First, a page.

Smer's 1/72 Fairey
Fulmar Mk. I/II

By Chris Banyai-Riepl

The Kit

The name Vista is probably not well known to many modelers out there, but they released quite a few kits in Eastern Europe.  Many of these are now being reboxed by Smer and are reaching a broader audience.  The Fairey Fulmar is one of these kits.  If you were thinking that this was just a warmed over Frog kit, guess again.  Recessed panel lines are present throughout, and the canopy is injection-molded and quite thin and clear.  Detailing is fairly basic, with a simplistic interior and rudimentary landing gear, but everything is crisply molded with no flash present. 

Looking at the interior, the basics are there, with a full floor, pilot's bulkhead, instrument panel, rudder pedals, control stick and seats.  There's no sidewall detailing and the pieces included are simplistic, but the basics are there to build off of.  Some added strip styrene to the fuselage sides and some radio boxes will add a lot to the appearance here.  For those who don't want to go to all that trouble, some seat belts will be a nice touch without a lot of work.

The fuselage has a separate insert for the tailhook, with the tailhook itself provided as a separate piece.  The chin scoops for the Fulmar Mk. II are also separate, as are the exhaust stubs.  The propeller assembly is an interesting collection of four pieces, with the propeller shaft fitting into a large insert that then fits into the fuselage.  A ring fits onto the end of the propeller shaft, allowing the propeller to spin.  The final piece for the propeller assembly is the spinner, making it very easy to paint the spinner a different color.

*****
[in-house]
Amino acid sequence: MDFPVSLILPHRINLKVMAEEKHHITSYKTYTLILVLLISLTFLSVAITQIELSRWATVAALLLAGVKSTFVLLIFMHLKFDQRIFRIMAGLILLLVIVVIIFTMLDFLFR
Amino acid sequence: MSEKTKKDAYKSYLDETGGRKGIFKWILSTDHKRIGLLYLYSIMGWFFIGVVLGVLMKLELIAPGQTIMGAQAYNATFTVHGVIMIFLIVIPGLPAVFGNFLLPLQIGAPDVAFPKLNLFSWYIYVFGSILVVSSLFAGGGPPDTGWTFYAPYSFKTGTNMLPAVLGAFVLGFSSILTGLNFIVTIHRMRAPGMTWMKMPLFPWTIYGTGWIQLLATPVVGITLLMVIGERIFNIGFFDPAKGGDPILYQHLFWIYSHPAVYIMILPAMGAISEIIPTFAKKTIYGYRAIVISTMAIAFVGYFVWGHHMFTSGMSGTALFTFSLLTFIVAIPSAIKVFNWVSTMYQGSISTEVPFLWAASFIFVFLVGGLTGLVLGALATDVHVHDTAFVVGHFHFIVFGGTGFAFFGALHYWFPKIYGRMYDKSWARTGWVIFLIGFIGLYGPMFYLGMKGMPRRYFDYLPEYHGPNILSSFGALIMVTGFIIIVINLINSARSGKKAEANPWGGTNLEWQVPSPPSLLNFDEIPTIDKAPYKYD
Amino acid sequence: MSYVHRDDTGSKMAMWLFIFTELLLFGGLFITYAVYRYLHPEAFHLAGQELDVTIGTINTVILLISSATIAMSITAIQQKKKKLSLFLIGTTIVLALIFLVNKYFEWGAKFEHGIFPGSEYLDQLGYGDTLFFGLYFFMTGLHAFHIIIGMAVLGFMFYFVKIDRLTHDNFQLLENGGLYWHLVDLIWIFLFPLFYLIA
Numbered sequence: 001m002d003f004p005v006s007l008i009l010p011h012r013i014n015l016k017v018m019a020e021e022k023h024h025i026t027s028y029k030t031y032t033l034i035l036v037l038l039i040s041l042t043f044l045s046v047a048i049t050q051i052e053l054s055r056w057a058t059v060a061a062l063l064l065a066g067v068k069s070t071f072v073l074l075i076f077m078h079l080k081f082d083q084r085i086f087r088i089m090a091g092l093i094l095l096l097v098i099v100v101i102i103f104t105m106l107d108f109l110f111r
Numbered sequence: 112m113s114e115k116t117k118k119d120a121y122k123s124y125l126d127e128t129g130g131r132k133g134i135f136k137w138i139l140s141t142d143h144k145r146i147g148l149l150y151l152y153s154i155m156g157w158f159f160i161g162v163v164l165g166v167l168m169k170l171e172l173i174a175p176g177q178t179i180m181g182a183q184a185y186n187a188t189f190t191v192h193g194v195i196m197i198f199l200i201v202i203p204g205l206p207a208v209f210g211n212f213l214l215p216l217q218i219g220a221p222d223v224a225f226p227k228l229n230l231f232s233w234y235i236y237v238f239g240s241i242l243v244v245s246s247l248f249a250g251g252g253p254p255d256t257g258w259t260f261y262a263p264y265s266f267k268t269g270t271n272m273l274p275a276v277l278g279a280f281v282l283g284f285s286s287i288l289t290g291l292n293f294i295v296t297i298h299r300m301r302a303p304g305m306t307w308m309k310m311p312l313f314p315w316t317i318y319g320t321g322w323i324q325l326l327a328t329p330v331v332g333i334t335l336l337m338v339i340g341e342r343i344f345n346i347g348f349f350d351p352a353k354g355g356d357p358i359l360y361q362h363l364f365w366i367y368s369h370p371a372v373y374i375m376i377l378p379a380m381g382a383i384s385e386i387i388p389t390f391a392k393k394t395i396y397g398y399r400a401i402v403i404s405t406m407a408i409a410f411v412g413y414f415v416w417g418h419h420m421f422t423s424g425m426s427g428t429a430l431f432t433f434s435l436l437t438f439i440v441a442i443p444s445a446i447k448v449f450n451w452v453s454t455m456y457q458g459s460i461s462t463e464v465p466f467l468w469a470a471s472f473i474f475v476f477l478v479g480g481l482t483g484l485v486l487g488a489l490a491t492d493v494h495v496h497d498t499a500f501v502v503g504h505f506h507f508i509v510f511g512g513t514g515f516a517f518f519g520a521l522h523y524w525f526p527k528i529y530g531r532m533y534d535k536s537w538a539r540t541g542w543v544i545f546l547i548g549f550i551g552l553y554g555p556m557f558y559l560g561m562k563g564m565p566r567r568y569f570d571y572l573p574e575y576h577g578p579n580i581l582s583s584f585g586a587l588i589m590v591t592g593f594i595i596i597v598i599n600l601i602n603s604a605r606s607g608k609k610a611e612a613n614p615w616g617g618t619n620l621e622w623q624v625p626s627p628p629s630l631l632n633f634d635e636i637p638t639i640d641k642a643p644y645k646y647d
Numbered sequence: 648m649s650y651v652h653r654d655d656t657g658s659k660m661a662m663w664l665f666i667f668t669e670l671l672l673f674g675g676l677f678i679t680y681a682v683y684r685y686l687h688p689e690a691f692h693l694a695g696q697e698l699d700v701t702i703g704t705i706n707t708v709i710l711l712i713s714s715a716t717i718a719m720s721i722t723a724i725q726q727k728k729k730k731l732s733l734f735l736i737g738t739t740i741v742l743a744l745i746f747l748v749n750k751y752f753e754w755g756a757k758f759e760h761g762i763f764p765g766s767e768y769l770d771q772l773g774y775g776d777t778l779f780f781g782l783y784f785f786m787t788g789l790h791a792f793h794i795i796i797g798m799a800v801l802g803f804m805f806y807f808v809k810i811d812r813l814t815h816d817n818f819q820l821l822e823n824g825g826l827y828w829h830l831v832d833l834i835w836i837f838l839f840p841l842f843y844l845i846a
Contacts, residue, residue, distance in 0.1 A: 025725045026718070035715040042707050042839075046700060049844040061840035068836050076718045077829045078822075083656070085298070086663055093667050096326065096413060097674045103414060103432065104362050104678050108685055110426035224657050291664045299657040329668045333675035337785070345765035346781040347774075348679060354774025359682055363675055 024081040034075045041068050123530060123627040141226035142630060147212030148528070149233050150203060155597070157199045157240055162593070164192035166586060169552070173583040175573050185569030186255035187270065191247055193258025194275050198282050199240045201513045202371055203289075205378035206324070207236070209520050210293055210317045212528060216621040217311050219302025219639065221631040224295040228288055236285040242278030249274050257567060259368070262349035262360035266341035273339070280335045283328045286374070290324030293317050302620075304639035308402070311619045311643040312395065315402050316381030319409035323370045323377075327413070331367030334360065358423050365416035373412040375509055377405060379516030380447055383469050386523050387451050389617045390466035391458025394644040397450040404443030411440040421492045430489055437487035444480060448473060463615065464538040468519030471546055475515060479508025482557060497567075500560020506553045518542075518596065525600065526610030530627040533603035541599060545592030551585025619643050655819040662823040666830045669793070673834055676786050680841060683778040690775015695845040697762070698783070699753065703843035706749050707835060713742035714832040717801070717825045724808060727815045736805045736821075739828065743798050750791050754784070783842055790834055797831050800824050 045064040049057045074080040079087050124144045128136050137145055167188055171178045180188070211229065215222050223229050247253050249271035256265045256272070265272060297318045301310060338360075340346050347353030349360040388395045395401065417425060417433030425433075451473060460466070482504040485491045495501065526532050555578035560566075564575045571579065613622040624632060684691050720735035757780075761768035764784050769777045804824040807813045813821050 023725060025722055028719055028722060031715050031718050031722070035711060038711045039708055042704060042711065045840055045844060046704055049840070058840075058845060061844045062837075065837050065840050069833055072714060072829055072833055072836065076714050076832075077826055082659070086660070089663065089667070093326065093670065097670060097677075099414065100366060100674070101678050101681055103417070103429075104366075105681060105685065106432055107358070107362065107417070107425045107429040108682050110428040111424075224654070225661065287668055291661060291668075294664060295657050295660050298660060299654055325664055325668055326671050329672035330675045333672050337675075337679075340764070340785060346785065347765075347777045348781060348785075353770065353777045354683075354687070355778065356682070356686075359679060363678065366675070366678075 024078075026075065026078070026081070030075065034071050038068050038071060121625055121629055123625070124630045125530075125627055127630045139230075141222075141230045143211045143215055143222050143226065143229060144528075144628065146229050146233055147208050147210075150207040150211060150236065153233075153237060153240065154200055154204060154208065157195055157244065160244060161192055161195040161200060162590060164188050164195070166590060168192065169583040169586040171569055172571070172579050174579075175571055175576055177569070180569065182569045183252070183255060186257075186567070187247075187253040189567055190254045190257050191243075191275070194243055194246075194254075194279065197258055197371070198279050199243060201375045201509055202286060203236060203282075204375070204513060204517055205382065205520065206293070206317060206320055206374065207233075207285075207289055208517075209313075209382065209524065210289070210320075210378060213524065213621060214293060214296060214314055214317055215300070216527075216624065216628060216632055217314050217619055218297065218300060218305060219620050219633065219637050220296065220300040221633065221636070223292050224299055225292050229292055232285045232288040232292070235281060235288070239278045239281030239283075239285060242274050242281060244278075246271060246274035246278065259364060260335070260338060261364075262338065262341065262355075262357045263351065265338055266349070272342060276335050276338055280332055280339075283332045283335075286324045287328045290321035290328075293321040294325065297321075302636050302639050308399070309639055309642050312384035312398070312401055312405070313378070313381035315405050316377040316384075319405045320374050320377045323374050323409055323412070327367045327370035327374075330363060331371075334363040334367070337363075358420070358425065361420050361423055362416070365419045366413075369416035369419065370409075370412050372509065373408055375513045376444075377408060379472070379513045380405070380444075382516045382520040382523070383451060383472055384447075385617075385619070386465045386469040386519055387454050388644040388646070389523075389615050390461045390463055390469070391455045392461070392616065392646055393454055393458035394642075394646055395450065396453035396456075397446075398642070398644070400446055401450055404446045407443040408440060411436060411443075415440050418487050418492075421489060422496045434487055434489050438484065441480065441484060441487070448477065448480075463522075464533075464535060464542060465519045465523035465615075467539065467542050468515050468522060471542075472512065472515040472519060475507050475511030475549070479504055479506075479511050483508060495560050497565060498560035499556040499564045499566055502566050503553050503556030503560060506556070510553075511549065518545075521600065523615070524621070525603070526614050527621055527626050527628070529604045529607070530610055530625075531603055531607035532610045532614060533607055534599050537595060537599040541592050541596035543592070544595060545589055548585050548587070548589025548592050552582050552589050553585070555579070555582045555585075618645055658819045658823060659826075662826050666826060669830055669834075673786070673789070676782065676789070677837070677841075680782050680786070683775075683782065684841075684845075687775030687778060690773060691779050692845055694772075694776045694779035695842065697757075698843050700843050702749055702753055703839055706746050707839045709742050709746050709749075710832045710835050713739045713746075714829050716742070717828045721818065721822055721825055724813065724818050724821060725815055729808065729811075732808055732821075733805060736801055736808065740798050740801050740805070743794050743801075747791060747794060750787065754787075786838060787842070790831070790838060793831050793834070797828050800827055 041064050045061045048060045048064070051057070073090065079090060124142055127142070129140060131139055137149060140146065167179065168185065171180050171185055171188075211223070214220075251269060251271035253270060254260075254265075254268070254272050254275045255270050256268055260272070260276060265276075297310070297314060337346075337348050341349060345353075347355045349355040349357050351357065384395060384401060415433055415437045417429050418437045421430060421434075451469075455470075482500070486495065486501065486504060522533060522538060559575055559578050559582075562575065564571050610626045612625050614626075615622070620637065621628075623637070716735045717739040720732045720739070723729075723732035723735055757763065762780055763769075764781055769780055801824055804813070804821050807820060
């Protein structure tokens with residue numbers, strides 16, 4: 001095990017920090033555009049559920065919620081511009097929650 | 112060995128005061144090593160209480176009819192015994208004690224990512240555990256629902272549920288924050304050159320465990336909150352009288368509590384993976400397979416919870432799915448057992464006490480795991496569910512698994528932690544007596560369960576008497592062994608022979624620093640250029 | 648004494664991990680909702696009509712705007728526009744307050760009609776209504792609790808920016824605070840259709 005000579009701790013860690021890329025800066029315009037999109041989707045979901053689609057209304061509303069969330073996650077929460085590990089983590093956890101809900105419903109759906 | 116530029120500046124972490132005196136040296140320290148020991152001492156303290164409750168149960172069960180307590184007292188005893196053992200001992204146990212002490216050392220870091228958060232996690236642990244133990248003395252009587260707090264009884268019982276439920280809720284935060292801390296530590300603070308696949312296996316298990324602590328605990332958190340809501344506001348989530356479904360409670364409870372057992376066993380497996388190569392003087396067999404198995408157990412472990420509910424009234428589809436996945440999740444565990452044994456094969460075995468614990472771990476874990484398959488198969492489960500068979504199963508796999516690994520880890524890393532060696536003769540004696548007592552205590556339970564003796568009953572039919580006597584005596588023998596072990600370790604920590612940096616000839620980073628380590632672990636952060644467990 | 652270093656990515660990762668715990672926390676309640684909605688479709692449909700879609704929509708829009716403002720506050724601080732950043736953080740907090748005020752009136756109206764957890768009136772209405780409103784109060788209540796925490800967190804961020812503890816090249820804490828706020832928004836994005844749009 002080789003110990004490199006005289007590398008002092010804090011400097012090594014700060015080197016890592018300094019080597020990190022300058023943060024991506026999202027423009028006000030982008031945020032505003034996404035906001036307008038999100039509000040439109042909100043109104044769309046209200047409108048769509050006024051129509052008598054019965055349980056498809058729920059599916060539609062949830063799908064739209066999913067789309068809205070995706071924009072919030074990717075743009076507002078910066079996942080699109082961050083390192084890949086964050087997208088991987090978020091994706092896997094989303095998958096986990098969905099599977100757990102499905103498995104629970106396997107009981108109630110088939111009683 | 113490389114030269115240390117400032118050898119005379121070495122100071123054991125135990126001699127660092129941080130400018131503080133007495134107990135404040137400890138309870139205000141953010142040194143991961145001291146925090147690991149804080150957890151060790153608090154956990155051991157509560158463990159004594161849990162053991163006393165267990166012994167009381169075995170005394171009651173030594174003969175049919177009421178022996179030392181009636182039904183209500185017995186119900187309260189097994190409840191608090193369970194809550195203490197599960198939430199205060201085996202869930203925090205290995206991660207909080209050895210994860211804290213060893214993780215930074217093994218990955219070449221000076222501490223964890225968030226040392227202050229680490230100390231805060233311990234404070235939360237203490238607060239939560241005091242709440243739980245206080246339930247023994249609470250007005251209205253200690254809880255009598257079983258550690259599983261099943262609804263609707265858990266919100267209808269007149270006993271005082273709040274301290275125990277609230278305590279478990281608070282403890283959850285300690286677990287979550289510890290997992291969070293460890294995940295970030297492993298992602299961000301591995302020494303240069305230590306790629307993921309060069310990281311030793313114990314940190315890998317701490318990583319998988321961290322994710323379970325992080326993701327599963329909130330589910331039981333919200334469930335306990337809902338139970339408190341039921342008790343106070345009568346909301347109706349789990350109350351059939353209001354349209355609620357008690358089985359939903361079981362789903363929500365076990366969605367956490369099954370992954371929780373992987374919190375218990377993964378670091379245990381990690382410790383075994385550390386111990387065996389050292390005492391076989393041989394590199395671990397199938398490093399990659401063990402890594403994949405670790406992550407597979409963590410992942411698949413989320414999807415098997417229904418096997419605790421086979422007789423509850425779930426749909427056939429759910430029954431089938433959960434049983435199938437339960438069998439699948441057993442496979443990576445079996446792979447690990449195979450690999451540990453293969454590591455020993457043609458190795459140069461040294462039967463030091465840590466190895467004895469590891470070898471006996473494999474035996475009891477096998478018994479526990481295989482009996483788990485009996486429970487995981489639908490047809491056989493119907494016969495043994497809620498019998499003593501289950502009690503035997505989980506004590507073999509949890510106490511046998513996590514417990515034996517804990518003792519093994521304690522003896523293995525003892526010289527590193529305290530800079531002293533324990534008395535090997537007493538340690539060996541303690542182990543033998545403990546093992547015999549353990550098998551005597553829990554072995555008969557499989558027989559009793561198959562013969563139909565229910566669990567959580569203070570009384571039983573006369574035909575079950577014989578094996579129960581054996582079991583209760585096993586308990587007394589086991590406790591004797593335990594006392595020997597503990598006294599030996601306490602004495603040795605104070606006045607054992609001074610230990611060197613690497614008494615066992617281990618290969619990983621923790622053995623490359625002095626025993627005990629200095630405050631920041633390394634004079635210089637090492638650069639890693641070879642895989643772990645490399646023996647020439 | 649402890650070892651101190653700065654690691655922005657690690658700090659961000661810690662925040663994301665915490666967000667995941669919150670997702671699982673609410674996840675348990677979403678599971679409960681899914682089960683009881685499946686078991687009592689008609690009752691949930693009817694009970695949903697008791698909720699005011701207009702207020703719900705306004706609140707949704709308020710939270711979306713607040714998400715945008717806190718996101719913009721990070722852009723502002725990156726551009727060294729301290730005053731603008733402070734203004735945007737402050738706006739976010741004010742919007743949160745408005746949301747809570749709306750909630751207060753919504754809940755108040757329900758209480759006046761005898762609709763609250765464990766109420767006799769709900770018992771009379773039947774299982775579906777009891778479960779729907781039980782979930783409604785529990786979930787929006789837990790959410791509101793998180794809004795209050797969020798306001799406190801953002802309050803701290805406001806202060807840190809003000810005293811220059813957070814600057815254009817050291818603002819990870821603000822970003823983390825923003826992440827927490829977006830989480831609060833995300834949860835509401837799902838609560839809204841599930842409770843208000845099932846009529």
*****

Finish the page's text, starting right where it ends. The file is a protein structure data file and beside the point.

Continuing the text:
The wings are split into separate upper right and left sections, with a one-piece lower section.  The landing light is provided as a clear piece, although the wing pieces do not blank this off.  Some plastic card and a clear lens will add a lot here with little extra work.  While you have the plastic card out, you might want to run some along the edges of the wheelwells to blank those off too.  There is some detail present in the upper wing for the wheel well, but some extra work here wouldn't hurt.  The landing gear doors will need to be cut apart for displaying the gear down.  The landing gear itself is fairly basic but does the job, with the mainwheels separate.  The tailwheel assembly is also separate.

The decals offer a pair of choices for Fulmars.  One is a Fulmar Mk. I of No. 803 Squadron FAA flying from the HMS Formidable in 1941.  The second is a Fulmar Mk. II of No. 809 Squadron FAA flying from HMS Victorious in 1942.  Both planes are finished in slate gray and dark sea gray over sky.  The Mk. I from 803 Squadron is coded 6J, with the codes in sky, and carries what appears to be a unit badge on the nose.  The serial is N4129 for this plane, while that for the Mk. II Fulmar is DR641.  The Mk. II Fulmar is one that took part in Operation Torch and is finished in American markings, with the 6B fuselage code in white.  The decals are printed by Propagteam and look to be in good register.  The only complaint I have is that there is a slight edge around the yellow where the undercoat of white didn't reach the edge.  On a dark plane like the Fulmar this might be a problem.


The Fairey Fulmar isn't a very popular aircraft so the chances that we'll see a bunch of kits from different manufacturers is slight.  Luckily the Smer kit appears to be a nice example of this British Naval fighter.  While some of the detail is basic, with a bit of extra plastic it can really look sharp.

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